I use five different tools to achieve what Evernote is claiming to give me in one
It is not a wild guess to presume that if you are here, you are already into the story about the rumors about Evernote failures.
Here are two videos by productivity gurus, that built their reputation in the field on Evernote enthusiasm:
Well, I never used Evernote. I’ve tested it and tried a few times to make myself an Evernote user. I do appreciate Evernote a lot and highly understand why people called it ‘a life changer’ but Evernote did not change MY life.
Other platforms did.
I use five different tools to achieve what Evernote is claiming to give me in one – Asana, Keep, Trello, Awesome Screenshots and Word.
Am I stupid?
The idea that brought Evernote to the world is alive and kicking. I love it, everybody does. Who doesn’t want a friendly tool to organize everything?
The thing is, I am not looking for a tool to organize everything, because I already have one — The computer. And with all the clouds around I can organize more.
Back in 2007, when Evernote was founded, things were less easy on organizing. So, Evernote was like cool water in a hot desert. Since than capturing, storing, finding and organizing became common practices.
- Why do you need Evernote when you can save a photo straight from the camera to the file directory where you want it to be?
- Why do you need Evernote when you save receipts directly to the accounting process?
- Why do you need Evernote when you create a note faster with another elegant tool (that you get for free with your main and most used productivity account)?
I can list tens of productivity questions like this, all enlighten the three major Evernote failures to challenge the changing reality:
1. Stick to the wrong audience
As for today, 225 million people are registered to Evernote. We don’t know how many of them are paying users, but we know for sure that the number of paid accounts on Evernote is not enough.
We can learn two things from this:
First, the grand promise of Evernote doesn’t worth paying — People do not need another organizer and do not want to remember everything. Actually, they don’t really know what that means.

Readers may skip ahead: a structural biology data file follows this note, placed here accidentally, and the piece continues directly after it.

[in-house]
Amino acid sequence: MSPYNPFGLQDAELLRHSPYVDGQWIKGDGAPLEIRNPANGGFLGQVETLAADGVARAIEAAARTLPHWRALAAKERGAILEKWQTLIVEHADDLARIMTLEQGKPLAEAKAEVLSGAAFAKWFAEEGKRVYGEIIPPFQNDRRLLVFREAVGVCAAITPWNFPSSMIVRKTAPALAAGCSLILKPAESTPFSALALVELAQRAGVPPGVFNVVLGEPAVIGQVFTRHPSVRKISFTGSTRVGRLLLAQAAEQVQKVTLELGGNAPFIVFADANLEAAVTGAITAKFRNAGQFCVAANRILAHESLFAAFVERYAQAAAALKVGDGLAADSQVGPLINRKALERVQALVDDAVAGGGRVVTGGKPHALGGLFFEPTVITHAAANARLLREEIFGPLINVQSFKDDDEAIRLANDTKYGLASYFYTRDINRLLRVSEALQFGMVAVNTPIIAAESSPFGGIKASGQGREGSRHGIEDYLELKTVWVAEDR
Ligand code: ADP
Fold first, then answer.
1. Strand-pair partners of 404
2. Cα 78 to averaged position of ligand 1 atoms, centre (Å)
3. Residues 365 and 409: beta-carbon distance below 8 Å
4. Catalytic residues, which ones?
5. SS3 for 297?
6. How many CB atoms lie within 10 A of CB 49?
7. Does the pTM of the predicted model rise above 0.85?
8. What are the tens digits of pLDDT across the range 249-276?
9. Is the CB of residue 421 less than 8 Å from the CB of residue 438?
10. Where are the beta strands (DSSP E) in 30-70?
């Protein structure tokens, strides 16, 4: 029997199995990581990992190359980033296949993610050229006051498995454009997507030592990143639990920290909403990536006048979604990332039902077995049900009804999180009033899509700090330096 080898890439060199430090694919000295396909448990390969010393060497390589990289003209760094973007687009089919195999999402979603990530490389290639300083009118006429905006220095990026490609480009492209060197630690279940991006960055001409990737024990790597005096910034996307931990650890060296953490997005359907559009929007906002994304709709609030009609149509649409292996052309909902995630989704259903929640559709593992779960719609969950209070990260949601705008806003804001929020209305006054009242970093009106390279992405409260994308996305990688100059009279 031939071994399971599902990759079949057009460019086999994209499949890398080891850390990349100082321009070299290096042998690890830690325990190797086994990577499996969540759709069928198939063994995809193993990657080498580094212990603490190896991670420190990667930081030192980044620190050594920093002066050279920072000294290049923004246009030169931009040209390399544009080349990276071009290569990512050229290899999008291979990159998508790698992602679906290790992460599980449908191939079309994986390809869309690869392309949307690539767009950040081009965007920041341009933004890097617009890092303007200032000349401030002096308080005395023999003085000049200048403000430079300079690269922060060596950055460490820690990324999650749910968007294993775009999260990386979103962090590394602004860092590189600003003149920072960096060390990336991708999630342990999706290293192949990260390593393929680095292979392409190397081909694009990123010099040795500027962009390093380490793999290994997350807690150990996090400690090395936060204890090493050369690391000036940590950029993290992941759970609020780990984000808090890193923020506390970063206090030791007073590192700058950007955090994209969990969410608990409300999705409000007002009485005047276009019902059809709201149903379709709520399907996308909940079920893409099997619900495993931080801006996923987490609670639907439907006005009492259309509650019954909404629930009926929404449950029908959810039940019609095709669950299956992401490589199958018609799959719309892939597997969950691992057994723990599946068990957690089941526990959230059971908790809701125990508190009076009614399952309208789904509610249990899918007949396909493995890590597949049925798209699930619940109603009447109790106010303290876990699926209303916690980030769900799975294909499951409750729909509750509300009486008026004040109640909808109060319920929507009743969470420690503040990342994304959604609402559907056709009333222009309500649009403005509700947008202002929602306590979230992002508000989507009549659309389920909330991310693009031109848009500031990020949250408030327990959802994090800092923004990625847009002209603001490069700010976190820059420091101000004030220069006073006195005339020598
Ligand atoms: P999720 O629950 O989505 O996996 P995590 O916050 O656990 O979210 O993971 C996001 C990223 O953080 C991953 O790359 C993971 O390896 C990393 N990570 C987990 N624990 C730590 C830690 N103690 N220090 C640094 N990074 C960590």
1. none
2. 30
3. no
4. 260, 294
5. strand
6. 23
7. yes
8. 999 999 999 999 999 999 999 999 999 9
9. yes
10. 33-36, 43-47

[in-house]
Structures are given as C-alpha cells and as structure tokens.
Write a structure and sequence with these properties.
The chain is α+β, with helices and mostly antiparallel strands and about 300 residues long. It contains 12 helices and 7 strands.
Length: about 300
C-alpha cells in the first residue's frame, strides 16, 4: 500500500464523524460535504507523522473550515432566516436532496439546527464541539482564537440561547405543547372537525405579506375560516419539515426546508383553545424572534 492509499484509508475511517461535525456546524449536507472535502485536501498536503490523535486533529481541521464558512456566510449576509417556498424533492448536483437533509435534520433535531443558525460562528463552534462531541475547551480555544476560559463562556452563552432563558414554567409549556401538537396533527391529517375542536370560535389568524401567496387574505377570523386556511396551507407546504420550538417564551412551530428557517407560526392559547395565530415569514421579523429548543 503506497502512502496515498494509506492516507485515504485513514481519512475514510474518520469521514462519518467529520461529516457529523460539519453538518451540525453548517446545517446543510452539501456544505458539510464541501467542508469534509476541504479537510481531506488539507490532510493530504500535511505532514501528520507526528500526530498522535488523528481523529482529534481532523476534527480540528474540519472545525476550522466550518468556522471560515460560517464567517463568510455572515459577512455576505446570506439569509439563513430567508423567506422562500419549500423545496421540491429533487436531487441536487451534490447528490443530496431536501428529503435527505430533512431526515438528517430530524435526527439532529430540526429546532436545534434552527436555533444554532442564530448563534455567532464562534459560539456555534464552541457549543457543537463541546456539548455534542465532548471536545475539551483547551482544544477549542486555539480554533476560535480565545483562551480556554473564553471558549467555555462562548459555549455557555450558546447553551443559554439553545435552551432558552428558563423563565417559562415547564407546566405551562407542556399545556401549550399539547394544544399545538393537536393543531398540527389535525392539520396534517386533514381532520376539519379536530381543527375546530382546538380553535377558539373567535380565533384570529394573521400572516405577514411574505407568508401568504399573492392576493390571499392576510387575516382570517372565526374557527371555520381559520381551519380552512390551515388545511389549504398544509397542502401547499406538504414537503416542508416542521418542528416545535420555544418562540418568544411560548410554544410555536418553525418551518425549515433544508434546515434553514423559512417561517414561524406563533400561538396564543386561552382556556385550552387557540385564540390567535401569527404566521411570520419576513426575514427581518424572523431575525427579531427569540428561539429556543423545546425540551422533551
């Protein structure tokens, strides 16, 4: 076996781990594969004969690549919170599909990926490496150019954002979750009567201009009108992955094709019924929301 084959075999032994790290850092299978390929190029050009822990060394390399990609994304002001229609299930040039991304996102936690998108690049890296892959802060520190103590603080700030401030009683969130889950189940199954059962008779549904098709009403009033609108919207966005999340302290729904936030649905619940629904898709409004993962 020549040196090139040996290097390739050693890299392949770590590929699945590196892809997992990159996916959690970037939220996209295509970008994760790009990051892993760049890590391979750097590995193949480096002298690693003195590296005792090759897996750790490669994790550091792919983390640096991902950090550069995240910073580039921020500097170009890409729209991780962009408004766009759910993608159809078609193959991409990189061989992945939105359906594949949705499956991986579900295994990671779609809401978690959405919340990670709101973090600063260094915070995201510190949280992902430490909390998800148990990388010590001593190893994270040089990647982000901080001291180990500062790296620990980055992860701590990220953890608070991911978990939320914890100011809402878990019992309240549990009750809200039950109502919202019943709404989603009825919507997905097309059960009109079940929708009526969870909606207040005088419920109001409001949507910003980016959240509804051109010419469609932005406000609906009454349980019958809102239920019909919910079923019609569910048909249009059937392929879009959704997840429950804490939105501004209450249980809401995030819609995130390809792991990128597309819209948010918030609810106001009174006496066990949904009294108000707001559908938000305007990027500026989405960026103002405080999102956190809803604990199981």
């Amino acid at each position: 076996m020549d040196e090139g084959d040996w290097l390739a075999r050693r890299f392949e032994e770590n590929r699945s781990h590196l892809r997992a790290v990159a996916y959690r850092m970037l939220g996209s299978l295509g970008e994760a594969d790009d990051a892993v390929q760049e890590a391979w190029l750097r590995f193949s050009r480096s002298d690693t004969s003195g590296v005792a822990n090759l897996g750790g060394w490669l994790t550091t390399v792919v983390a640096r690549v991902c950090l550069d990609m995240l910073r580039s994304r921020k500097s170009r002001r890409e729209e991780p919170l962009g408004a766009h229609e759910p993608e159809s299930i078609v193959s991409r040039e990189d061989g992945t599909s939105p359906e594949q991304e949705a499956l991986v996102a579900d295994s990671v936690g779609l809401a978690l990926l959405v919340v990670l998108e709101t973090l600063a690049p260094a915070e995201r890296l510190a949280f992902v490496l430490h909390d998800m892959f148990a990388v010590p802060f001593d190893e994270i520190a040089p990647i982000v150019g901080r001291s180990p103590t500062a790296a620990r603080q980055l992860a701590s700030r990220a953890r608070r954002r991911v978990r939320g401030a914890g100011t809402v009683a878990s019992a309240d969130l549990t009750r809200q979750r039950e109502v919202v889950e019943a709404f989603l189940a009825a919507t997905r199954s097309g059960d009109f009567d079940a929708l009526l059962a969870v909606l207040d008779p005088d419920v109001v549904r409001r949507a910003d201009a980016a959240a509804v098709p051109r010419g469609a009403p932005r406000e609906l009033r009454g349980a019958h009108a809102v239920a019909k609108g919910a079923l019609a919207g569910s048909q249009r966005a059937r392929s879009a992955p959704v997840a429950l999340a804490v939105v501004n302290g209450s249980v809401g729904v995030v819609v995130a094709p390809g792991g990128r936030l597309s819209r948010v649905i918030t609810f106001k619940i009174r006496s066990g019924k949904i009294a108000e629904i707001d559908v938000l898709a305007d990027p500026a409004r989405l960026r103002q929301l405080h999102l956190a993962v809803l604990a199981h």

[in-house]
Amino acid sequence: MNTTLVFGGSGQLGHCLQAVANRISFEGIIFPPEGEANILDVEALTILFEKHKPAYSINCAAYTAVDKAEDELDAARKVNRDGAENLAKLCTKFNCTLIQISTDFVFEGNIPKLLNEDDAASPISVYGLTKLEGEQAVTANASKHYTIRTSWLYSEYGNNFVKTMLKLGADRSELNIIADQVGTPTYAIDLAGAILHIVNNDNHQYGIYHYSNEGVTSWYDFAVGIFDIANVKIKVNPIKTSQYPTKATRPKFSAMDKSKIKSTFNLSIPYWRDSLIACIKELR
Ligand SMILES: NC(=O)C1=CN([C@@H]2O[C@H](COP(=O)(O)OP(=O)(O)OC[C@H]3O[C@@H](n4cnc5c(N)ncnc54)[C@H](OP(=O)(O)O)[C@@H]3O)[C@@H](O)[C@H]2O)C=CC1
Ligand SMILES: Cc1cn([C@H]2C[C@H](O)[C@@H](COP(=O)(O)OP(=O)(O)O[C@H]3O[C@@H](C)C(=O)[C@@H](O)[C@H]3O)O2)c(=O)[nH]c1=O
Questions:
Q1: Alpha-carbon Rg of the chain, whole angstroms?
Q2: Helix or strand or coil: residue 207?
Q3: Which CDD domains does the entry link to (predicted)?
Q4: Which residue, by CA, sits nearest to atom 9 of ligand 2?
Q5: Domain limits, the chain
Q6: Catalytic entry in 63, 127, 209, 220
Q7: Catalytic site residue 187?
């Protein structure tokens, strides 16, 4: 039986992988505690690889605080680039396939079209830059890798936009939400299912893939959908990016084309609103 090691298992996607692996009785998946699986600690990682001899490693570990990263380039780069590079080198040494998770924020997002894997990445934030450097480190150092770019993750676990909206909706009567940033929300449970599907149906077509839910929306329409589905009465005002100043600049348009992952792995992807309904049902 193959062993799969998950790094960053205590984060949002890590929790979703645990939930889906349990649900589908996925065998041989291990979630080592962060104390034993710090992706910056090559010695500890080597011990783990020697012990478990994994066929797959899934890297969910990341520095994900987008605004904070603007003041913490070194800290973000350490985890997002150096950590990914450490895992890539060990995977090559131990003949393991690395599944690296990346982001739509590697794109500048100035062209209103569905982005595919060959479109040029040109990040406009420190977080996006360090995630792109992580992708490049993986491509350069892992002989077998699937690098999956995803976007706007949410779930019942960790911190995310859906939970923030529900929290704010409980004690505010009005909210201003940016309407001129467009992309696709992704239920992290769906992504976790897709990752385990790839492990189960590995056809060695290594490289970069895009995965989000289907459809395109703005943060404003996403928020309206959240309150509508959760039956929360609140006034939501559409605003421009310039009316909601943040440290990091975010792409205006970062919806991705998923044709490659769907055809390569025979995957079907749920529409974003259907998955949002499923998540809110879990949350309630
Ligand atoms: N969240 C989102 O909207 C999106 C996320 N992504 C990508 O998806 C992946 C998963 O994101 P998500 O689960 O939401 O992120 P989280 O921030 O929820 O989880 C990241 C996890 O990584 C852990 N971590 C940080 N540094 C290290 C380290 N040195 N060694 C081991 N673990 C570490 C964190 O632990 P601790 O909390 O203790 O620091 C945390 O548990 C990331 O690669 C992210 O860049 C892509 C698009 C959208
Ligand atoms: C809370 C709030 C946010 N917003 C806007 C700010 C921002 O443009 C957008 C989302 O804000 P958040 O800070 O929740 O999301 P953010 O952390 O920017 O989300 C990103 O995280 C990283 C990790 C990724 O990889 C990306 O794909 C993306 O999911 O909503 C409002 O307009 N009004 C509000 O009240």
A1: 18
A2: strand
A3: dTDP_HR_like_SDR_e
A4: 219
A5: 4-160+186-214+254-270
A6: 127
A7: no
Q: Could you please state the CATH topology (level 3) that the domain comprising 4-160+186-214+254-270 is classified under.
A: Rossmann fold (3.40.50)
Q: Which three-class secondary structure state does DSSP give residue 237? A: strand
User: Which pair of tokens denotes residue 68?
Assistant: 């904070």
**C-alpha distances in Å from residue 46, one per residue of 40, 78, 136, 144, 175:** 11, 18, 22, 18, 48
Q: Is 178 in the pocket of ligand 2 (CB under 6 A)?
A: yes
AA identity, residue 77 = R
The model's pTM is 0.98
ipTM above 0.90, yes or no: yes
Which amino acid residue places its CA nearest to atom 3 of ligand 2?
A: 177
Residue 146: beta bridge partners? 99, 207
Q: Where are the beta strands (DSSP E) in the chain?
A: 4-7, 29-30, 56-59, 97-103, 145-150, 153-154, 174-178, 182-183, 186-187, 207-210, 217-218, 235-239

Second, the combination of capturing, bookmarking and note-taking – which Evernote do well but not perfect – is needed but not highly important. It has a lot of competition. So are research tools.
So, it is not far-fetched to assume that many Evernote users are not active users. I guess we are talking here about a huge amount of “sleeping accounts”.
Evernote is not at all easy to manage as a tasking tool, a project management platform or any other core productivity need. Everybody who met Asana or Trello knows it
Yes, there is a group of “Evernoters” who really use it, love it and love the Evernote hassle. Evernote speaks (and probably thinks) like a universal solution, while it is a super niche tool.
2. Lack of the most important feature in its main claims
If Evernote is a bookmarking tool, where is the mechanism to deal with duplicates?
The first thing a user wants from the bookmarking tool is the ability to bookmarks fast and with notes etc.. As said, that is something Evernote is doing extremely well, maybe the benchmark for capturing.
But, the second thing a user wants from the bookmarking tool is the notification “hey, you already bookmarked this one, and here it is.”
That is one of the main reasons I am sticking to Diigo for almost a decade now.
In Evernote, you can save the same content hundreds of times without knowing. When you start noting your bookmarks, this might be a big problem.
- If Evernote is a research tool, where is the ordering feature?
- If Evernote is a note-taking \ writing tool, where are the files?
- If Evernote is a productivity tool, where are the custom fields?
Yes, the “Evernoters” have solutions and tricks to do complicated stuff with it, but hey, they love the “Evernote hassle”. Most people don’t.
In all of what is considered its strongest points, Evernote failed to deliver the one feature that makes the difference.
3. Ignoring (more than) half of the world
This one is the grand mistake, in my opinion, of all Evernote failures.
Can someone please explain to me why Evernote did not yet launch an RTL (Right to Left) version?
Years back this was on the agenda. Evernote ignored it. The RTL users had to find their way, and they did.
There are rumors about Google buying Evernote. I hope this is for improving their poor tasking solutions and not for “leveraging’” Google Keep. It might be better if Microsoft will buy Evernote to make OneNote perfect.
As for the common user (LTR only), the only serious use for Evernote, that I can see, is as a workspace for a specific project, like THE hobby. Something that a Trello board is too weak for.